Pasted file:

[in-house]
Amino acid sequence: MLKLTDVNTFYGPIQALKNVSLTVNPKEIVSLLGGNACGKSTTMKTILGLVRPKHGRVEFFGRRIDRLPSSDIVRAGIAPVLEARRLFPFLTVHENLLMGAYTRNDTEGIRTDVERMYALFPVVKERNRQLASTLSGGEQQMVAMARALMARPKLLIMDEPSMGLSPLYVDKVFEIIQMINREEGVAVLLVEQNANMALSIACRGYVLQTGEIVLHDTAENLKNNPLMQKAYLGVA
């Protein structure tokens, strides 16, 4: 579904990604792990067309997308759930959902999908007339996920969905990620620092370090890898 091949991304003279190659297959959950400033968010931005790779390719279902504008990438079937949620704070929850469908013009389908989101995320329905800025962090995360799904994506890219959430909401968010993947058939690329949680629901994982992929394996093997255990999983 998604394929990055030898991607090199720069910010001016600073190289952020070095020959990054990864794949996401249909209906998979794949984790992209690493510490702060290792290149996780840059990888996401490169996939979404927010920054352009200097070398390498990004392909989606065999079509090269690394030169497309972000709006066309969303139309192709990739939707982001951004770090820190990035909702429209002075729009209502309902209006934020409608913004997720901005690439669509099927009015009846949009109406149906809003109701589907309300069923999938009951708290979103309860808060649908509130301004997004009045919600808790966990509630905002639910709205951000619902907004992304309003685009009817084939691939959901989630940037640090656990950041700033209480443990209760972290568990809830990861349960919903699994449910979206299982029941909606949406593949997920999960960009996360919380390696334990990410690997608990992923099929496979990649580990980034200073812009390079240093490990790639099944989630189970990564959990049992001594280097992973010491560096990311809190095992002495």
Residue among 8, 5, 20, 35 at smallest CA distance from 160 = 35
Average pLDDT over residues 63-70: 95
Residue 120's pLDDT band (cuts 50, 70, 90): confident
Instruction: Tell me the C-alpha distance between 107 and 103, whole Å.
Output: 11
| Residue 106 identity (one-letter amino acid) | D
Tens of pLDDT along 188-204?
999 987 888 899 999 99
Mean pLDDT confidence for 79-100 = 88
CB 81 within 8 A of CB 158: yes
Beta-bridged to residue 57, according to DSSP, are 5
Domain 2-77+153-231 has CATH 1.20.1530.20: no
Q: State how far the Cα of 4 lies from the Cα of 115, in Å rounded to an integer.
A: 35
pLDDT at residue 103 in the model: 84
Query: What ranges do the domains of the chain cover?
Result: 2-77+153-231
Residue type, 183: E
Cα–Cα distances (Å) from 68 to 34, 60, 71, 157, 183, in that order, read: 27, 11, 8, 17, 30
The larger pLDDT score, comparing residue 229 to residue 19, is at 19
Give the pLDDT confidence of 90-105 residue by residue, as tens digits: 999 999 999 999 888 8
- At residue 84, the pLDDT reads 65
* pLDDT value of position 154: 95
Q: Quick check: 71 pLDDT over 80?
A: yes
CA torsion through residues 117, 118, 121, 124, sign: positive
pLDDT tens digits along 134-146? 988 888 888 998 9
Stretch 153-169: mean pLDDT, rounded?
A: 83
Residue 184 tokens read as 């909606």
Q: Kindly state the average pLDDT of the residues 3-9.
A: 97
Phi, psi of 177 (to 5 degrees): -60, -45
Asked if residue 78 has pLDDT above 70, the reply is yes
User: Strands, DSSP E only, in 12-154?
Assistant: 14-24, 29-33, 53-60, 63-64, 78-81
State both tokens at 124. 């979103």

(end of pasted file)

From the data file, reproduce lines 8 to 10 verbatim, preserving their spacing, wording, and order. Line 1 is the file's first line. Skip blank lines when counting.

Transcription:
Output: 11
| Residue 106 identity (one-letter amino acid) | D
Tens of pLDDT along 188-204?